Posts Tagged 'air-raid'

Boyhood recalled

A nostalgia piece today – something I wrote to try and re-create the feelings of a nine-year-old boy during the Blitz. Just history to many, but very real to those of us who lived through it.

From my bedroom window (1941)
There was a raid last night. As soon as the siren started to wail, Dad called out: “Come on, children – downstairs!” I put on my dressing gown, without turning on the light, and peep out between the bedroom curtains. Searchlights are fingering the sky. I hurry downstairs, with my sister Joan close behind.
The bed on the larder floor is already made up. Joan and I snuggle under the eiderdown – like sardines, with our heads at opposite ends. Dad says this is the best place for us, because the larder window has no glass (it’s made of that metal with little holes in it) and the ceiling is the smallest in the house, if it should fall.
Mum and Dad have a sort of mattress thing under the kitchen table. Dad keeps his special air-raid tray close by. It has a torch, in case all the lights go out; a candle and some matches, in case the torch doesn’t work; four corks, for us to bite on so that we don’t bite our tongues off when the bangs come; four little brown envelopes with our ear-plugs in, so that our ear-drums won’t burst; and a little bottle of brandy – “just in case”, says Dad. Mum says he’s a very methodical man.
Soon we hear the throbbing of the bombers overhead. Some of the boys at school reckon they can tell the difference between a Junkers and a Dornier. I just pretend that I can. Now there comes the crack of ack-ack guns, and the deeper crump of distant bombs. When the raids first started Joan and I thought it was all rather exciting, but now we just want it to be over so that we can go back to sleep.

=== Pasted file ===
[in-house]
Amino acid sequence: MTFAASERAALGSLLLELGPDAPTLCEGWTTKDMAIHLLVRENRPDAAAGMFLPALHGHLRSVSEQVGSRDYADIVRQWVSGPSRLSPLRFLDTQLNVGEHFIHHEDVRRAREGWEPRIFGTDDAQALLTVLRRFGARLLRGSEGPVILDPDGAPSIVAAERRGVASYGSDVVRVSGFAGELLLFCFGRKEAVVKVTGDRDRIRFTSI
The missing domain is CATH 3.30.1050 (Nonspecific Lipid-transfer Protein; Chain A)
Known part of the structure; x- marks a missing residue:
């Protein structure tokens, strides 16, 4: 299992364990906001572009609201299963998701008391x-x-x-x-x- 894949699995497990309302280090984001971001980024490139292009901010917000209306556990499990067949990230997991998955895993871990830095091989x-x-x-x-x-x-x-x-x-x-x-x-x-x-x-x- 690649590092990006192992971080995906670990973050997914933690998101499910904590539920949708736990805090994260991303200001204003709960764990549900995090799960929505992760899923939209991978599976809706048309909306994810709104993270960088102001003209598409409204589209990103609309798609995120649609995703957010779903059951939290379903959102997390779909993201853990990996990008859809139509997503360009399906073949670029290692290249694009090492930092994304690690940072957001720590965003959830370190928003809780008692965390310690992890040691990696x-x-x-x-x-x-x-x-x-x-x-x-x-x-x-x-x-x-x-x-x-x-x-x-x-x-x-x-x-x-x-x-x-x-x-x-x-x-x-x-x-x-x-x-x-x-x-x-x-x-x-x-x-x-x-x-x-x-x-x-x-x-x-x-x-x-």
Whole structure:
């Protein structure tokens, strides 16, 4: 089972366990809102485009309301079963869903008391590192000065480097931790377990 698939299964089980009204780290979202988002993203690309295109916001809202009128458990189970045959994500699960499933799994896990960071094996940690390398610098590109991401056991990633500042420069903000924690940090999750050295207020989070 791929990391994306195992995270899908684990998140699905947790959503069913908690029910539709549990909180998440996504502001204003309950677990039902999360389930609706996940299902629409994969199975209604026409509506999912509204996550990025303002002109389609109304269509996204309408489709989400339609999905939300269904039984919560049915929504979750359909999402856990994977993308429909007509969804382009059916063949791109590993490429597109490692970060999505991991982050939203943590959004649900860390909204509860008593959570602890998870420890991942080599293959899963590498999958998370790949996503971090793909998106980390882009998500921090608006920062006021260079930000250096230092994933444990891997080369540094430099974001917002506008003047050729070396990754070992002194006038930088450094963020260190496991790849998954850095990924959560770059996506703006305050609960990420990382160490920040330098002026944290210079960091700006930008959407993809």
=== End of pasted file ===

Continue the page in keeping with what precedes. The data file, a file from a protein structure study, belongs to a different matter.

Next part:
Eventually the all-clear sounds and, after a bit, Dad says: “Well, I think that’s it for tonight. Might as well all get back to bed.” We trail upstairs again, and Dad comes into my bedroom with me. After checking that the door is closed, so that no light would show, he opens the curtains and we look across the Downs to the north. There is a reddish glow in the sky. “Looks like the City caught it again,” says Dad. “Right, lad – back to bed!”
Now it’s morning, the sun is shining and I’m looking out across the back garden. I hardly notice the barrage balloons hovering in the distance. My thoughts are all on the big walnut tree that stands in the corner of the lawn. Its trunk forks near the ground. I’ve been climbing the right-hand side for ages; I know every branch and twig. But the left-hand trunk is different: it’s smooth and bare for several feet and quite unclimbable. The only way to get into that side of the tree is to leap, like Tarzan, from a crotch on the other side, catch hold of a horizontal branch and swing yourself up so that you can hook your legs over. I’ve been thinking about this for days. I wonder if, today, I’ll have the courage to do it…..

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